2017 update: Cirsium hillii fire & fitness

This year we monitored the original 28 C. hillii rosettes at Hegg Lake WMA to check the fitness and persistence of our original individuals/population. Presently, 10/28 rosettes remain, all as non-flowering basal rosettes. For each rosette, we measured the length of the longest axis and the corresponding perpendicular axis. No burns were conducted this year.

This experiment assesses effects of fire on the fitness of Cirsium hillii (Hill’s thistle) plants at Hegg Lake WMA. Like EchinaceaC. hillii inhabits dry prairies, but Hill’s thistle is listed as a Species of Special Concern in Minnesota and little is known about how it responds to fire. Burn and non-burn units were created prior to an experimental fall burn conducted by the Department of Natural Resources (DNR) in 2014. That year, we mapped 28 C. hillii rosettes (basal and flowering).

The distribution of Cirsium hillii, a rare endemic to the Great Lakes region.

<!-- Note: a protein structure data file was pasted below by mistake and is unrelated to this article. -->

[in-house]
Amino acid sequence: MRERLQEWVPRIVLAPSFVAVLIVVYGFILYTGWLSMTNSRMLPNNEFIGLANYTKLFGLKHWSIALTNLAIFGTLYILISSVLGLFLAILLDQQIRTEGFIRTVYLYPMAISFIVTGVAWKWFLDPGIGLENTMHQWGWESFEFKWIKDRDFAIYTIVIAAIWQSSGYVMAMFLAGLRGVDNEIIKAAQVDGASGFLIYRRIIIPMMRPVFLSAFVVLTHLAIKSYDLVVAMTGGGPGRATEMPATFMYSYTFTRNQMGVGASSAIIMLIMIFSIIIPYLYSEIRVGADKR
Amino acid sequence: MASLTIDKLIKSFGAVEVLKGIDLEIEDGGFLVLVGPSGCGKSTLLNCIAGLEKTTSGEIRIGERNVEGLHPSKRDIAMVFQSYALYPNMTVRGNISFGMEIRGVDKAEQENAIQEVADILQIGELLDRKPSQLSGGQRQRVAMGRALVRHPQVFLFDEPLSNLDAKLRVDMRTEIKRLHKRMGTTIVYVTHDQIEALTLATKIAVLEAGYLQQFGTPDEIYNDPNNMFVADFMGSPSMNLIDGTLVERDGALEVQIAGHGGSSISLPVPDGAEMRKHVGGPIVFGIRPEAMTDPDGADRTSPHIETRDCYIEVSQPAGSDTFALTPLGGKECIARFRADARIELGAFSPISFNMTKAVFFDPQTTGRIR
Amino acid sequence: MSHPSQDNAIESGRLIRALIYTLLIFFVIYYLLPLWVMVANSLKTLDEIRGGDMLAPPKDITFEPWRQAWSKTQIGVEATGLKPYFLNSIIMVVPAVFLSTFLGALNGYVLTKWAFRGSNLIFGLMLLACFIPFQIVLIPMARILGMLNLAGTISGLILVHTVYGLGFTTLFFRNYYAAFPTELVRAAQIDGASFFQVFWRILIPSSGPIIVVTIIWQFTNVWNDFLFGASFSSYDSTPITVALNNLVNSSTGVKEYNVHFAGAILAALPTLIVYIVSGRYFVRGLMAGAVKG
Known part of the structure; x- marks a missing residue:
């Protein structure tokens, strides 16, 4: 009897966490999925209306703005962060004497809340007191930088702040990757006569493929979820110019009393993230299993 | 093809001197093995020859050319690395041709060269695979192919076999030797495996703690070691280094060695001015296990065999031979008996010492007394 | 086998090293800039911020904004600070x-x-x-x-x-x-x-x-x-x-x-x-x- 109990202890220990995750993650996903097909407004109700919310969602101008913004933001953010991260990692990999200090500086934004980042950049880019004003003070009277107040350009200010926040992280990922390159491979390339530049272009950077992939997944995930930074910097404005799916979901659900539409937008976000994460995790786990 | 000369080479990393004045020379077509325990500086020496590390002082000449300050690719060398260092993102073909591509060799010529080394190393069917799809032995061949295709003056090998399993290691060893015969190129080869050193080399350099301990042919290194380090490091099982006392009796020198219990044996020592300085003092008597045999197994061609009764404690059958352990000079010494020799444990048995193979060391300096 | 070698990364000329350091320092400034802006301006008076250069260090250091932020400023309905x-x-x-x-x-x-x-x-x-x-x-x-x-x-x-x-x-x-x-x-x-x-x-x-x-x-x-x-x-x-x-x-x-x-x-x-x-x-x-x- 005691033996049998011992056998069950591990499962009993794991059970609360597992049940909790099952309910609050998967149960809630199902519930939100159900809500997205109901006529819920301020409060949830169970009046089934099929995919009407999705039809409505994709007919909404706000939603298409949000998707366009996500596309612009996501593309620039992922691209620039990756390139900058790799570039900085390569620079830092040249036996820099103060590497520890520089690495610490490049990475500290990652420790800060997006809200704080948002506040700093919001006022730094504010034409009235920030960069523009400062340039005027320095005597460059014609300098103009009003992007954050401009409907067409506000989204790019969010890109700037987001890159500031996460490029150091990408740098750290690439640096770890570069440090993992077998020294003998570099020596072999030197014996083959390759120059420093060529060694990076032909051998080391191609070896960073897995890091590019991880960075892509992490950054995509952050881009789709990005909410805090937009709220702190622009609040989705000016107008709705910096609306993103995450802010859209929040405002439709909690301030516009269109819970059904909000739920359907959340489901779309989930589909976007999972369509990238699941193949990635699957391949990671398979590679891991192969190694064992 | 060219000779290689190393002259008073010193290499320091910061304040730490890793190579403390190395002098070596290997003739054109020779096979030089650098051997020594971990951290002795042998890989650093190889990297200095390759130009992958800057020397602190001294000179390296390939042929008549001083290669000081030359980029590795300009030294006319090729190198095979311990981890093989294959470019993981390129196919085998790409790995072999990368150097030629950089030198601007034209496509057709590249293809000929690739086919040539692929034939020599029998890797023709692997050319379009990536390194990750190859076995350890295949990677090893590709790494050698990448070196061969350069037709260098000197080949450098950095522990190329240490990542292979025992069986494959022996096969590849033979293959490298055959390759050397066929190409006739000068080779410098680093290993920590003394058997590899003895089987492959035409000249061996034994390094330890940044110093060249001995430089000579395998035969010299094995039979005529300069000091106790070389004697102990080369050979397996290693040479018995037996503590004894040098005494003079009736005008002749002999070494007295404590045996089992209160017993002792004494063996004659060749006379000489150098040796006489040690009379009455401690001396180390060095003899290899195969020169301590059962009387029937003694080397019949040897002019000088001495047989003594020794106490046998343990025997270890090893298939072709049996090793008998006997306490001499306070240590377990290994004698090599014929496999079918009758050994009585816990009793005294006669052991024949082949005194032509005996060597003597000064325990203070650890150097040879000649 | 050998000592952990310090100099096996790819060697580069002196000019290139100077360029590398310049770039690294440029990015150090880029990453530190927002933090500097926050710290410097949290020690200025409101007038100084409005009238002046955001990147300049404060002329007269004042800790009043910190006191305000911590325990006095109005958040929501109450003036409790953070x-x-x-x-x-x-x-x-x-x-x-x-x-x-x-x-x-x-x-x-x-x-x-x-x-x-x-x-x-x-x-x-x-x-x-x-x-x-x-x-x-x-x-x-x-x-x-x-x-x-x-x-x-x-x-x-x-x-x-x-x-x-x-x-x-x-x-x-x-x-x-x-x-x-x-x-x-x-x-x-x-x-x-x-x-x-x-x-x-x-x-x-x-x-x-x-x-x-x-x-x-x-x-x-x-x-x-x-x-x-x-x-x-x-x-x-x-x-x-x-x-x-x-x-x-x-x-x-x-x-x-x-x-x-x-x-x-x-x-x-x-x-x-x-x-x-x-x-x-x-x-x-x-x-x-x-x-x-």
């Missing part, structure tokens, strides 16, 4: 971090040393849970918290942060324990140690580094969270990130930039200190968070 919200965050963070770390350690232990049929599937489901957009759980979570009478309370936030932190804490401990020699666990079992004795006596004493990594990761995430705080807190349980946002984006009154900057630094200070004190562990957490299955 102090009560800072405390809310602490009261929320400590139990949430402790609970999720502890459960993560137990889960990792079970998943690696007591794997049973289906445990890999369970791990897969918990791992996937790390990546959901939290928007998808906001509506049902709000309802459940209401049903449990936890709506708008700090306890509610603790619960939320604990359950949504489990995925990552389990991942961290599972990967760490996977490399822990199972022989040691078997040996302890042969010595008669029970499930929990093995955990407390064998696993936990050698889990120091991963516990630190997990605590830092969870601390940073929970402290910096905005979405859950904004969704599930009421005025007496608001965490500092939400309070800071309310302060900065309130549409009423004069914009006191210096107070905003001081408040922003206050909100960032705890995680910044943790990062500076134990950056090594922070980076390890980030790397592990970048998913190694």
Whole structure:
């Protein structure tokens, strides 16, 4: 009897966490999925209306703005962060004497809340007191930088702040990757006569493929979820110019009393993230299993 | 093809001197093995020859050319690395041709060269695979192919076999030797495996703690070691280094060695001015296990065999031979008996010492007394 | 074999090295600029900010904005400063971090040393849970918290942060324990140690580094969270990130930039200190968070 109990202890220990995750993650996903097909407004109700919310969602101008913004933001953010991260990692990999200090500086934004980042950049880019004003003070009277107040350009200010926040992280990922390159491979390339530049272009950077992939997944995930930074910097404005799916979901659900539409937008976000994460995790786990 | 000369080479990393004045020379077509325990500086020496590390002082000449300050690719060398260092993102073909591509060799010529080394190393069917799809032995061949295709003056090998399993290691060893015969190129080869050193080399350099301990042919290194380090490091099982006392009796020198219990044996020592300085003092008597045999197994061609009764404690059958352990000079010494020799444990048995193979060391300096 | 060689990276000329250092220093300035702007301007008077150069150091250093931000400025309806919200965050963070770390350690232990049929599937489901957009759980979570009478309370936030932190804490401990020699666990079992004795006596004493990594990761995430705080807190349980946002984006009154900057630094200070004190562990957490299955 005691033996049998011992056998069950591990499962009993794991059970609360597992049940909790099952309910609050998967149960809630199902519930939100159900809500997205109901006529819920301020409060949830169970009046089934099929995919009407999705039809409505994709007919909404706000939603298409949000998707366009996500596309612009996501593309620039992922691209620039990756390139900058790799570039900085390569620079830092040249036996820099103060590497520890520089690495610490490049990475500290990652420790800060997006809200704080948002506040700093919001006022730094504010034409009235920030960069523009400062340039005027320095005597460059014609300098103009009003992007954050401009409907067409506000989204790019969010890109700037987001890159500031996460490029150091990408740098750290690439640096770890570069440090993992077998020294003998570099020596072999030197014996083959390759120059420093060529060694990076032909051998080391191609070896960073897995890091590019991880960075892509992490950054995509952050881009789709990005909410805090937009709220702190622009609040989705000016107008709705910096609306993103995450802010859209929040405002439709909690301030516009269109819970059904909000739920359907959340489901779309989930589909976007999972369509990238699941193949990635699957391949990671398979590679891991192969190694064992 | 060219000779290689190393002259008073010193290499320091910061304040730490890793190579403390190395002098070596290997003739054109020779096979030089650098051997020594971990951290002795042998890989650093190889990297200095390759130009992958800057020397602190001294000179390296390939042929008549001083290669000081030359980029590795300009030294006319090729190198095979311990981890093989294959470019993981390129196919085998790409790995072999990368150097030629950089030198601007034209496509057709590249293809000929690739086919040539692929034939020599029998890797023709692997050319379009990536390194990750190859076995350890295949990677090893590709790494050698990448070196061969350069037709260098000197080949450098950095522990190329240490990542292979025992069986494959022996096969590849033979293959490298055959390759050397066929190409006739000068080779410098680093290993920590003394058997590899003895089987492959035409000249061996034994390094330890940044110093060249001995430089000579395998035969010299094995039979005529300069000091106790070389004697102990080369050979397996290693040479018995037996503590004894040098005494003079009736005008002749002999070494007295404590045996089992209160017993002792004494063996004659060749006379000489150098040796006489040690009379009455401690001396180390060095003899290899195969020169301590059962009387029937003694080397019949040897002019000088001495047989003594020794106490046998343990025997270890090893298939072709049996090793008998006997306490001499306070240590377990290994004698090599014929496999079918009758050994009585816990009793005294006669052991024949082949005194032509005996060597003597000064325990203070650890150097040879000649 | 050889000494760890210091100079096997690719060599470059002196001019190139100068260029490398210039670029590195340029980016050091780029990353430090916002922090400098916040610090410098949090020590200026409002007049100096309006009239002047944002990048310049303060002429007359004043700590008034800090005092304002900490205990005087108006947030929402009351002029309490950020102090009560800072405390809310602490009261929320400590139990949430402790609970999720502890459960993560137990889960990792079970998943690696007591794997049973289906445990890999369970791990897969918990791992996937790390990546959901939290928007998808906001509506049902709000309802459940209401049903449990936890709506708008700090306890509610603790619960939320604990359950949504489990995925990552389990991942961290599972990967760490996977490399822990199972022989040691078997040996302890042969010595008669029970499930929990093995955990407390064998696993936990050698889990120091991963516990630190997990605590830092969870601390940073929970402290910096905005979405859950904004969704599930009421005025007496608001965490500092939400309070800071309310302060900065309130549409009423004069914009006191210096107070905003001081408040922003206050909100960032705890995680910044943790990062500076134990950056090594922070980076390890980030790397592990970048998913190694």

Last year was also a non-burn year, although of rosettes found, there were three flowering rosettes. It’s challenging to determine cases of mortality with this species, since C. hillii is clonal, and it’s possible that each rosette is not a unique individual.

In 2015, Abbey White found that there was only one or two individuals in our C. hillii “population!” We don’t know of any other C. hillii populations in Douglas County. We are possibly monitoring the last individual in the area.

You can find out more about Cirsium hillii fire & fitness and read previous flog posts about it on the experiment background page.


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